Does this Headline "Grab" Your Attention?

Written by David McKenzie

Continued from page 1

Capitalizing each ‘major’ word inrepparttar headline grabsrepparttar 129751 readers attention. However do not capitalize every word. Do not capitalize words such as ‘a’, ‘the’, ‘of’, ‘to’, ‘on’, ‘in’ and ‘an’ unless they arerepparttar 129752 first word ofrepparttar 129753 headline. It’s just not necessary.

Take a look atrepparttar 129754 ‘headline’ above for point 3. The words ‘the’, ‘of’ and ‘in’ are not capitalized. Let’s see what this headline would look like if they were:

Capitalize The First Letter Of Each Major Word In The Headline

It just does not impress as much. There is no distinction betweenrepparttar 129755 words. The ‘major’ words do not stand out as much.

However, inrepparttar 129756 headline under point 3repparttar 129757 following groups of words stand out more because they are separated byrepparttar 129758 not so important words:


First Letter

Each Major Word


4. Use powerful words

“Grab” is a powerful word. So is “Free”. Even “Powerful” is a powerful word for that matter. Try and have at least 1 and maybe 2 powerful words in your headline. These powerful words will draw inrepparttar 129759 readers attention and prompt them to keep reading.

Use these 4 techniques to help you write better headlines. Get repparttar 129760 headline wrong and there is no use writingrepparttar 129761 article,repparttar 129762 ezine ad orrepparttar 129763 sales letter.

Getrepparttar 129764 headline right and you are half way to makingrepparttar 129765 sale or obtaining a new ezine subscriber.

David McKenzie is the author of a new e-book titled "How To Write Free Articles and Market Them With a $0 Marketing Budget" Get a Free 5 Day Email Course

Character Development

Written by Jeff Colburn

Continued from page 1

Physical Characteristics: Name (It must fit. Don't call a 98 pound weakling Thor, unless it's some kind of nickname), appearance, age, voice (sexy, gravely, lisp), annoying or unusual habits (knuckle cracking, nail biting, pencil chewing. I wrote a fictional piece called "One Per Customer," and whenrepparttar main character gets upset, he likes to throw his heavy glass paperweight throughrepparttar 129749 office wall. He's a cop, and his office looks like it's made of Swiss Cheese.), wardrobe.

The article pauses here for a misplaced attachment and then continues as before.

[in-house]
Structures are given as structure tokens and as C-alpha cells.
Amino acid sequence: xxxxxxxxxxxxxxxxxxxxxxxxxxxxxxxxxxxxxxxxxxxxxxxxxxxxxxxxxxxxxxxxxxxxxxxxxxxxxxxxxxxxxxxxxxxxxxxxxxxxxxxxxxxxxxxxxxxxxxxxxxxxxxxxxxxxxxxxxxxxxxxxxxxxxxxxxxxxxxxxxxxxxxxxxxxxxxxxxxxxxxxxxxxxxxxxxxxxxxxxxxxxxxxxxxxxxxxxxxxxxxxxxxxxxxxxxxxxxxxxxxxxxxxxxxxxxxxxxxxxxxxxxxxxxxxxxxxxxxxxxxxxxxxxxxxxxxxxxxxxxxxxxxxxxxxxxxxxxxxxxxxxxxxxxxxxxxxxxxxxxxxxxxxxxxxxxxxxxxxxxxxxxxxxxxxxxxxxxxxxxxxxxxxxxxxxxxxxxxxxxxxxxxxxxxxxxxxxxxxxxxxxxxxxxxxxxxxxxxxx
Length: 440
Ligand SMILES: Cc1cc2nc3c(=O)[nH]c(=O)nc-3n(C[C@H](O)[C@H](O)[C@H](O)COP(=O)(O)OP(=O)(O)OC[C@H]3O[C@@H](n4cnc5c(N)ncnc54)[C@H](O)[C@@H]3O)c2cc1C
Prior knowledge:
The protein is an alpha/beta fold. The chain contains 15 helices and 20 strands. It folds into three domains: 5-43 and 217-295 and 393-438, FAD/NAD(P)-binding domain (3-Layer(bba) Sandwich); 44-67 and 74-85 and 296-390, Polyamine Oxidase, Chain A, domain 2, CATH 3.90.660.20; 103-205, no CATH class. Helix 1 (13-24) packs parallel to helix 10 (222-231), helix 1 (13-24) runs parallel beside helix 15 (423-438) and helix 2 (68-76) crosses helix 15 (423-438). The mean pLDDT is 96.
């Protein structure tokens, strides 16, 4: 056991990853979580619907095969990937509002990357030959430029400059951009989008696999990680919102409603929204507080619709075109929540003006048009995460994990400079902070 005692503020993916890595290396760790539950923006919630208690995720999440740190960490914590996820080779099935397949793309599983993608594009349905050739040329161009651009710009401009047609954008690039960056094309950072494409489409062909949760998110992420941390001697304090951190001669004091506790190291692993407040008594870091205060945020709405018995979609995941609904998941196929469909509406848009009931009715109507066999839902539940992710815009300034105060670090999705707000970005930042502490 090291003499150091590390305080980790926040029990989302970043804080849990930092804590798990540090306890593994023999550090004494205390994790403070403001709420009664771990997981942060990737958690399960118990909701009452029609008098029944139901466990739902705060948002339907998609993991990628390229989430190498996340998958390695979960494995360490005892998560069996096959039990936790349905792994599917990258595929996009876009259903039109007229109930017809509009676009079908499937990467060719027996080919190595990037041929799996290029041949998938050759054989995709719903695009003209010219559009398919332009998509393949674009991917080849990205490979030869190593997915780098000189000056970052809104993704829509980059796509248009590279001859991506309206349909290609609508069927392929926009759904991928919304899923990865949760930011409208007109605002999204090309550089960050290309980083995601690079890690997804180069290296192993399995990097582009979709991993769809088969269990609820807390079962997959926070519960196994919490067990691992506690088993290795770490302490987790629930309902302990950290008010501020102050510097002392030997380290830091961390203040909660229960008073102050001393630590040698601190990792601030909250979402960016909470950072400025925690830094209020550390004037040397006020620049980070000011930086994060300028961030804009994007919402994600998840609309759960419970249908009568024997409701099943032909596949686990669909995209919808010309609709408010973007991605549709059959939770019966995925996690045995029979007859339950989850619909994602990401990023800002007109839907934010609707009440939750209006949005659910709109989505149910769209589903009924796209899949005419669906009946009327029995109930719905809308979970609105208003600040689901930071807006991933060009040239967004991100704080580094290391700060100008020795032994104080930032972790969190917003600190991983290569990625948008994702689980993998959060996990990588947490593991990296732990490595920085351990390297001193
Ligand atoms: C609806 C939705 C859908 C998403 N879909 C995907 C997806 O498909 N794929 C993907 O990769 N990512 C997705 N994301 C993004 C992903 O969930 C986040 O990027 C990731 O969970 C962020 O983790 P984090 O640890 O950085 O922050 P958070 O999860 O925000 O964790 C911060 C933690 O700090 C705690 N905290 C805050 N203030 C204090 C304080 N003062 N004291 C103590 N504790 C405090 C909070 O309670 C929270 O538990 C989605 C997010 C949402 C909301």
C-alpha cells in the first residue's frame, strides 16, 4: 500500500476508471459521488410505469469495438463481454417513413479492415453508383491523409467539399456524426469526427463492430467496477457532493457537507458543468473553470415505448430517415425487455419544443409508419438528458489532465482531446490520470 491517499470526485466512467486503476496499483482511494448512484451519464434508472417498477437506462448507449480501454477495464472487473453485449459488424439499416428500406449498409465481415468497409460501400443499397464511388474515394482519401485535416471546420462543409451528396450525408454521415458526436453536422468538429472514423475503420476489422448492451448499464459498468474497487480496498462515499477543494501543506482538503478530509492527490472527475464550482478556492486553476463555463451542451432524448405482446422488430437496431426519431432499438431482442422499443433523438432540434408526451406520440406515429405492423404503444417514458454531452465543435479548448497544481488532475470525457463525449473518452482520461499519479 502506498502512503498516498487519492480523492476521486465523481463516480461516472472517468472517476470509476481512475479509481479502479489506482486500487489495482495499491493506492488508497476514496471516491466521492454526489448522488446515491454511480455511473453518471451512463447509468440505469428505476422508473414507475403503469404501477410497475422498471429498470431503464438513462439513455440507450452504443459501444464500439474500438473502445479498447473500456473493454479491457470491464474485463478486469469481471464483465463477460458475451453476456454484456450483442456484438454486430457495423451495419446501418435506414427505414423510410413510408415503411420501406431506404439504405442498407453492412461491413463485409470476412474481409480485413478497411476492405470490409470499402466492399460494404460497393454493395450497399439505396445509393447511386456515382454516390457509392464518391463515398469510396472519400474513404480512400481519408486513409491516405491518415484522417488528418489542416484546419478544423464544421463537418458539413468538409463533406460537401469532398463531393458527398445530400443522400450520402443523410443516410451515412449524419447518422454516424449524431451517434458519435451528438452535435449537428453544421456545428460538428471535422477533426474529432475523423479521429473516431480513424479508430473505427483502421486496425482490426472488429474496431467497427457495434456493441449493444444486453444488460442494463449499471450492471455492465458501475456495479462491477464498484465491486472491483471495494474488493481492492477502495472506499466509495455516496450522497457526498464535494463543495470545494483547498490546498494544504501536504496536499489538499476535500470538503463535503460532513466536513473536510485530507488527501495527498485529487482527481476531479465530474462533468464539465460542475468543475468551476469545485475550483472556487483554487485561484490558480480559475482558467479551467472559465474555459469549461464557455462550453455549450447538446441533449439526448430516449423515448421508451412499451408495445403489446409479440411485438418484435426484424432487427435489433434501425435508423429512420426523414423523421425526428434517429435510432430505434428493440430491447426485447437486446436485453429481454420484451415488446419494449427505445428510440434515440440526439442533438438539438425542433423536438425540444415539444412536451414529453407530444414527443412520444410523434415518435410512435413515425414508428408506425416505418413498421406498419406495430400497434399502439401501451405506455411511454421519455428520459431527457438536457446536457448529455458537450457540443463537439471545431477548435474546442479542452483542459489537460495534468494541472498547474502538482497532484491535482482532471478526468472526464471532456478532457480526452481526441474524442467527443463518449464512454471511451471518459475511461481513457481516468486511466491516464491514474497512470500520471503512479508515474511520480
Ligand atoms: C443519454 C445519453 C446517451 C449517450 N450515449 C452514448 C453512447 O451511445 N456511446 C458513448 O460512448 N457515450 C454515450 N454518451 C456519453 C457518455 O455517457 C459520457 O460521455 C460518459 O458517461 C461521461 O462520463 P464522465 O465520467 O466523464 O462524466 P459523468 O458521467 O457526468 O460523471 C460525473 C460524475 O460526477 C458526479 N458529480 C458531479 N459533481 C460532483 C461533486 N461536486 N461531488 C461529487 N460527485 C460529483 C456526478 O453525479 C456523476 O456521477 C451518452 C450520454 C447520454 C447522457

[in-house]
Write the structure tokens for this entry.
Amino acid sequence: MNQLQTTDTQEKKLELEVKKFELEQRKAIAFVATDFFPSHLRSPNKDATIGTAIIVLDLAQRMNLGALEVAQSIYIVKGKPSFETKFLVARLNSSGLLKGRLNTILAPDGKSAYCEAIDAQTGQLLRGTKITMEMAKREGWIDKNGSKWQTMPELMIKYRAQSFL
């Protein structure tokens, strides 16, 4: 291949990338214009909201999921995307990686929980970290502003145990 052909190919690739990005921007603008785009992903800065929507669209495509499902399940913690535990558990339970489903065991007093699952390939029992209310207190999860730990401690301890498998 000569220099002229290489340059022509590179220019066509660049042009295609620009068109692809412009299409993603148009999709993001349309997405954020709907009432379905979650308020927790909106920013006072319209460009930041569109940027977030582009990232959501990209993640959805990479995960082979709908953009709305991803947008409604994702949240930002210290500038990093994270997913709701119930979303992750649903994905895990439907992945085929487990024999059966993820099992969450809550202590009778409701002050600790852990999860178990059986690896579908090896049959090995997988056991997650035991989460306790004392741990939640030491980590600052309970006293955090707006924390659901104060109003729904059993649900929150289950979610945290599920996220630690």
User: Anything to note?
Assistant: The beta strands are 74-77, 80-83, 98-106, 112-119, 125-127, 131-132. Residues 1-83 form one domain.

Mental Attributes: Personality, how they relate to their relatives, their intelligence and schooling, fears, wants, goals, dreams, priorities, drives, skeletons in their closets.

Environment: Where they live (house, trailer, apartment, condo), it's condition (new, old, dirty), how it's decorated (salvation army, creative on a budget, antique, fashionable), their job (politician, crook (if there's a difference), manual laborer, computer work), sports, hobbies, friends, enemies, pets (I have a pet wind-up goldfish in a jar of water. Low maintenance and high neglect threshold.), relationships (single, married, divorced, widowed, dating, kids).

As I said earlier, it depends on your personality and your writing style. I often don't do much of a character development because I like to see how my characters grow, and I like to be surprised by my characters and stories as I write them. Because of this I sometime have to go back and make changes in paragraphs, or chapters, butrepparttar 129750 surprises are worth it.

So experiment and find out what you feel comfortable with. You can change it whenever you like. Above all, find a way to write that you enjoy. That's what it's all about.

Have Fun, Jeff

Jeff Colburn is a freelance business writer. He can be reached at his site, The Creative Cauldron (, or at

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